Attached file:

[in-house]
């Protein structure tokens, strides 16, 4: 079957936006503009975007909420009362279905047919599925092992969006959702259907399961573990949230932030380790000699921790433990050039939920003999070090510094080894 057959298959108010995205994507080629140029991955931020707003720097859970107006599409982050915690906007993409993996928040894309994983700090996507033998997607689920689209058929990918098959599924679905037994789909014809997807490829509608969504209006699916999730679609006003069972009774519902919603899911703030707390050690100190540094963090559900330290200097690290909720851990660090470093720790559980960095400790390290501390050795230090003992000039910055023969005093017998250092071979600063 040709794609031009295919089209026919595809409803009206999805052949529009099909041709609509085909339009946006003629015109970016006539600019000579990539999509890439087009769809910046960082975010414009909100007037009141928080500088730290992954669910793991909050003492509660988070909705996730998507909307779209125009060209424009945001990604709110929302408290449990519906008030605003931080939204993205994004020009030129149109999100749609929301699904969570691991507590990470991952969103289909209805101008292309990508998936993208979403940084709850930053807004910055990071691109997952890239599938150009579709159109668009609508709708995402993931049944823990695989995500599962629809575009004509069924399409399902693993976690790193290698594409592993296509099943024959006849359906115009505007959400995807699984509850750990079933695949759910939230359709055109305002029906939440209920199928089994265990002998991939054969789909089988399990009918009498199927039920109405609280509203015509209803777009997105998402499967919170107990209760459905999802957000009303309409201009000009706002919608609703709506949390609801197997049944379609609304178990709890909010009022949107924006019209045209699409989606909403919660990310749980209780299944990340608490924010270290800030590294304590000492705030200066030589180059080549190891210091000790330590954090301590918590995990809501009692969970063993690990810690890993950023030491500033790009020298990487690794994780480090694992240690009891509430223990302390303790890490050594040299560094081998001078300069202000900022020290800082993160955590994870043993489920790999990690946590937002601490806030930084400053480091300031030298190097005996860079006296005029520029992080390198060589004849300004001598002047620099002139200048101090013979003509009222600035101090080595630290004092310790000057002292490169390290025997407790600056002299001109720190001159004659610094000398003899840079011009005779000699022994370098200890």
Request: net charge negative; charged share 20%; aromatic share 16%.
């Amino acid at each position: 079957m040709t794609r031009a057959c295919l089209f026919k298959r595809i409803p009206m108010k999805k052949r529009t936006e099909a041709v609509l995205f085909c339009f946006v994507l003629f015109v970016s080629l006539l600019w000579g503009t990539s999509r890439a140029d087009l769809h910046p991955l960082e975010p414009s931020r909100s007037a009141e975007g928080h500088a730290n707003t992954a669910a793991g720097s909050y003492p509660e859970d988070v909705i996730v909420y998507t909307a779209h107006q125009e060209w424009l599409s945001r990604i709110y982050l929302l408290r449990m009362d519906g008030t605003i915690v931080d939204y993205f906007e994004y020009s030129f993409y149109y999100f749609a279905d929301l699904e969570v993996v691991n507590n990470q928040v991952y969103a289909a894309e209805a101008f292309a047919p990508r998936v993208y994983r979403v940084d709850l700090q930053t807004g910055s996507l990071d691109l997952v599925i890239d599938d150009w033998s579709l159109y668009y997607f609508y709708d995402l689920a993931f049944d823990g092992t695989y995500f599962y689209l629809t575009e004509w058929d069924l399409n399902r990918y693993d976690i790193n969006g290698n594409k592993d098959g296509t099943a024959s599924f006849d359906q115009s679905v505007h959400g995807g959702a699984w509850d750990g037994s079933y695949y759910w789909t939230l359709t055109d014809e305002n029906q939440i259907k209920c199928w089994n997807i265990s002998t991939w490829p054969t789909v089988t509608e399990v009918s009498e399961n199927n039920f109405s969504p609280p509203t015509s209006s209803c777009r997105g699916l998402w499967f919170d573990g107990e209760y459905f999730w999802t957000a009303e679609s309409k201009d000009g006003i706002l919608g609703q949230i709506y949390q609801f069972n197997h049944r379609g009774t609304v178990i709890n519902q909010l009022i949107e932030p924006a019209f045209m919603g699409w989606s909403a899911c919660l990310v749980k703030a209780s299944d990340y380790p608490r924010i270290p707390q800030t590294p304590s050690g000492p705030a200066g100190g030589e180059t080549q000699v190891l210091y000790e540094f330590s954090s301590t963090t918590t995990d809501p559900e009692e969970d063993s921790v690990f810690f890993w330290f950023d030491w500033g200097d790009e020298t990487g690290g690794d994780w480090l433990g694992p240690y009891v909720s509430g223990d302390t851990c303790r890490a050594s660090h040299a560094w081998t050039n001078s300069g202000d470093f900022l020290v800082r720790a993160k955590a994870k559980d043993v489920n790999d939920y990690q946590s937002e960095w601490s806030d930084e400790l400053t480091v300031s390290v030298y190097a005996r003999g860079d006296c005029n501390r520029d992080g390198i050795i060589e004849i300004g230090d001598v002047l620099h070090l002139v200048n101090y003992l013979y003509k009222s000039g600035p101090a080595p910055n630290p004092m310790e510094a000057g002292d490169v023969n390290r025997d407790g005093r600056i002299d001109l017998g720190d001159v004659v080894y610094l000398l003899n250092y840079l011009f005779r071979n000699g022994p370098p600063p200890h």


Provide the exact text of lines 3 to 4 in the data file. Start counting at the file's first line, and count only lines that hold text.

Request: net charge negative; charged share 20%; aromatic share 16%.
């Amino acid at each position: 079957m040709t794609r031009a057959c295919l089209f026919k298959r595809i409803p009206m108010k999805k052949r529009t936006e099909a041709v609509l995205f085909c339009f946006v994507l003629f015109v970016s080629l006539l600019w000579g503009t990539s999509r890439a140029d087009l769809h910046p991955l960082e975010p414009s931020r909100s007037a009141e975007g928080h500088a730290n707003t992954a669910a793991g720097s909050y003492p509660e859970d988070v909705i996730v909420y998507t909307a779209h107006q125009e060209w424009l599409s945001r990604i709110y982050l929302l408290r449990m009362d519906g008030t605003i915690v931080d939204y993205f906007e994004y020009s030129f993409y149109y999100f749609a279905d929301l699904e969570v993996v691991n507590n990470q928040v991952y969103a289909a894309e209805a101008f292309a047919p990508r998936v993208y994983r979403v940084d709850l700090q930053t807004g910055s996507l990071d691109l997952v599925i890239d599938d150009w033998s579709l159109y668009y997607f609508y709708d995402l689920a993931f049944d823990g092992t695989y995500f599962y689209l629809t575009e004509w058929d069924l399409n399902r990918y693993d976690i790193n969006g290698n594409k592993d098959g296509t099943a024959s599924f006849d359906q115009s679905v505007h959400g995807g959702a699984w509850d750990g037994s079933y695949y759910w789909t939230l359709t055109d014809e305002n029906q939440i259907k209920c199928w089994n997807i265990s002998t991939w490829p054969t789909v089988t509608e399990v009918s009498e399961n199927n039920f109405s969504p609280p509203t015509s209006s209803c777009r997105g699916l998402w499967f919170d573990g107990e209760y459905f999730w999802t957000a009303e679609s309409k201009d000009g006003i706002l919608g609703q949230i709506y949390q609801f069972n197997h049944r379609g009774t609304v178990i709890n519902q909010l009022i949107e932030p924006a019209f045209m919603g699409w989606s909403a899911c919660l990310v749980k703030a209780s299944d990340y380790p608490r924010i270290p707390q800030t590294p304590s050690g000492p705030a200066g100190g030589e180059t080549q000699v190891l210091y000790e540094f330590s954090s301590t963090t918590t995990d809501p559900e009692e969970d063993s921790v690990f810690f890993w330290f950023d030491w500033g200097d790009e020298t990487g690290g690794d994780w480090l433990g694992p240690y009891v909720s509430g223990d302390t851990c303790r890490a050594s660090h040299a560094w081998t050039n001078s300069g202000d470093f900022l020290v800082r720790a993160k955590a994870k559980d043993v489920n790999d939920y990690q946590s937002e960095w601490s806030d930084e400790l400053t480091v300031s390290v030298y190097a005996r003999g860079d006296c005029n501390r520029d992080g390198i050795i060589e004849i300004g230090d001598v002047l620099h070090l002139v200048n101090y003992l013979y003509k009222s000039g600035p101090a080595p910055n630290p004092m310790e510094a000057g002292d490169v023969n390290r025997d407790g005093r600056i002299d001109l017998g720190d001159v004659v080894y610094l000398l003899n250092y840079l011009f005779r071979n000699g022994p370098p600063p200890h």